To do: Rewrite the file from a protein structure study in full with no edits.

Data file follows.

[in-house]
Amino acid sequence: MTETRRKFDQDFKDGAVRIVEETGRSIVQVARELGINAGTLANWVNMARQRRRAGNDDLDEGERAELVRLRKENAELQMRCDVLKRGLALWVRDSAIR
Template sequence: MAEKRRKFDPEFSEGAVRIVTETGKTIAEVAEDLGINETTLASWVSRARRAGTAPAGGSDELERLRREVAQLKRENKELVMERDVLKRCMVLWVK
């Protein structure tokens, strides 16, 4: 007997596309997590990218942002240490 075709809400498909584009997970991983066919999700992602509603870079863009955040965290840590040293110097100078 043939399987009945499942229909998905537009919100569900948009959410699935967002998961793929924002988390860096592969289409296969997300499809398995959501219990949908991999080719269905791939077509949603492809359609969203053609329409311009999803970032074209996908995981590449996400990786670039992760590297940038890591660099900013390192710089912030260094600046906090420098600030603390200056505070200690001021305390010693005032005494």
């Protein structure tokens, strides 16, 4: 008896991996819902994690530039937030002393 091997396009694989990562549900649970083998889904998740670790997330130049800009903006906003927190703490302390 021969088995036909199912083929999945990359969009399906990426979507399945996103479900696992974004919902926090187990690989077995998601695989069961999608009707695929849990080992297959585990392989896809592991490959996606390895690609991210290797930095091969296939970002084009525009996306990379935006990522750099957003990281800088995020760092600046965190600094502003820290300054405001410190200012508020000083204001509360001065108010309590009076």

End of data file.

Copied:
[in-house]
Amino acid sequence: MTETRRKFDQDFKDGAVRIVEETGRSIVQVARELGINAGTLANWVNMARQRRRAGNDDLDEGERAELVRLRKENAELQMRCDVLKRGLALWVRDSAIR
Template sequence: MAEKRRKFDPEFSEGAVRIVTETGKTIAEVAEDLGINETTLASWVSRARRAGTAPAGGSDELERLRREVAQLKRENKELVMERDVLKRCMVLWVK
């Protein structure tokens, strides 16, 4: 007997596309997590990218942002240490 075709809400498909584009997970991983066919999700992602509603870079863009955040965290840590040293110097100078 043939399987009945499942229909998905537009919100569900948009959410699935967002998961793929924002988390860096592969289409296969997300499809398995959501219990949908991999080719269905791939077509949603492809359609969203053609329409311009999803970032074209996908995981590449996400990786670039992760590297940038890591660099900013390192710089912030260094600046906090420098600030603390200056505070200690001021305390010693005032005494």
């Protein structure tokens, strides 16, 4: 008896991996819902994690530039937030002393 091997396009694989990562549900649970083998889904998740670790997330130049800009903006906003927190703490302390 021969088995036909199912083929999945990359969009399906990426979507399945996103479900696992974004919902926090187990690989077995998601695989069961999608009707695929849990080992297959585990392989896809592991490959996606390895690609991210290797930095091969296939970002084009525009996306990379935006990522750099957003990281800088995020760092600046965190600094502003820290300054405001410190200012508020000083204001509360001065108010309590009076």